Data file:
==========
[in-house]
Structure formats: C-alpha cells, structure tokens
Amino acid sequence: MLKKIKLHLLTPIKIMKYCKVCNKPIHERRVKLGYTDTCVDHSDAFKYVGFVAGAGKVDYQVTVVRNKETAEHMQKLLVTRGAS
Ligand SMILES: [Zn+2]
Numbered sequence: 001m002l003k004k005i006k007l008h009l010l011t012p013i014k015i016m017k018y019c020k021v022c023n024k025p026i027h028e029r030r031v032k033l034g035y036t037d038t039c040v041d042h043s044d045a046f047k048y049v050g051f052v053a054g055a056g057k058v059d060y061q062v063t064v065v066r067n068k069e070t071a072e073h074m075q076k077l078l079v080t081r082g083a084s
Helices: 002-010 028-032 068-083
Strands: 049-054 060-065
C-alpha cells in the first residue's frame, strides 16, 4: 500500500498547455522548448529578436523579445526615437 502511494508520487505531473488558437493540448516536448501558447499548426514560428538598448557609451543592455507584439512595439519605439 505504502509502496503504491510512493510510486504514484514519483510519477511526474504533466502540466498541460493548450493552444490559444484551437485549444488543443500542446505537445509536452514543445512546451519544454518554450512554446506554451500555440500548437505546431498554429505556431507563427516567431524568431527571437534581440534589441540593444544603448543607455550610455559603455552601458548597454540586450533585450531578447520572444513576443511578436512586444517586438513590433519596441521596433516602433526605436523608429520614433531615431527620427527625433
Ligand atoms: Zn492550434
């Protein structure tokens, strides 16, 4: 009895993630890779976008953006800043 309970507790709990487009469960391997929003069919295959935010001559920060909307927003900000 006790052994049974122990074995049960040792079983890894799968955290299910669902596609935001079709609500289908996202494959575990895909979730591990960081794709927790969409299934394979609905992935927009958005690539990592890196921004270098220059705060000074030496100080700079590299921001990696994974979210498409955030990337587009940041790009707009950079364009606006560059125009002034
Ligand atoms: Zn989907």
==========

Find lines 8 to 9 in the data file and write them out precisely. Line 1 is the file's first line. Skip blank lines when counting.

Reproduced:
C-alpha cells in the first residue's frame, strides 16, 4: 500500500498547455522548448529578436523579445526615437 502511494508520487505531473488558437493540448516536448501558447499548426514560428538598448557609451543592455507584439512595439519605439 505504502509502496503504491510512493510510486504514484514519483510519477511526474504533466502540466498541460493548450493552444490559444484551437485549444488543443500542446505537445509536452514543445512546451519544454518554450512554446506554451500555440500548437505546431498554429505556431507563427516567431524568431527571437534581440534589441540593444544603448543607455550610455559603455552601458548597454540586450533585450531578447520572444513576443511578436512586444517586438513590433519596441521596433516602433526605436523608429520614433531615431527620427527625433
Ligand atoms: Zn492550434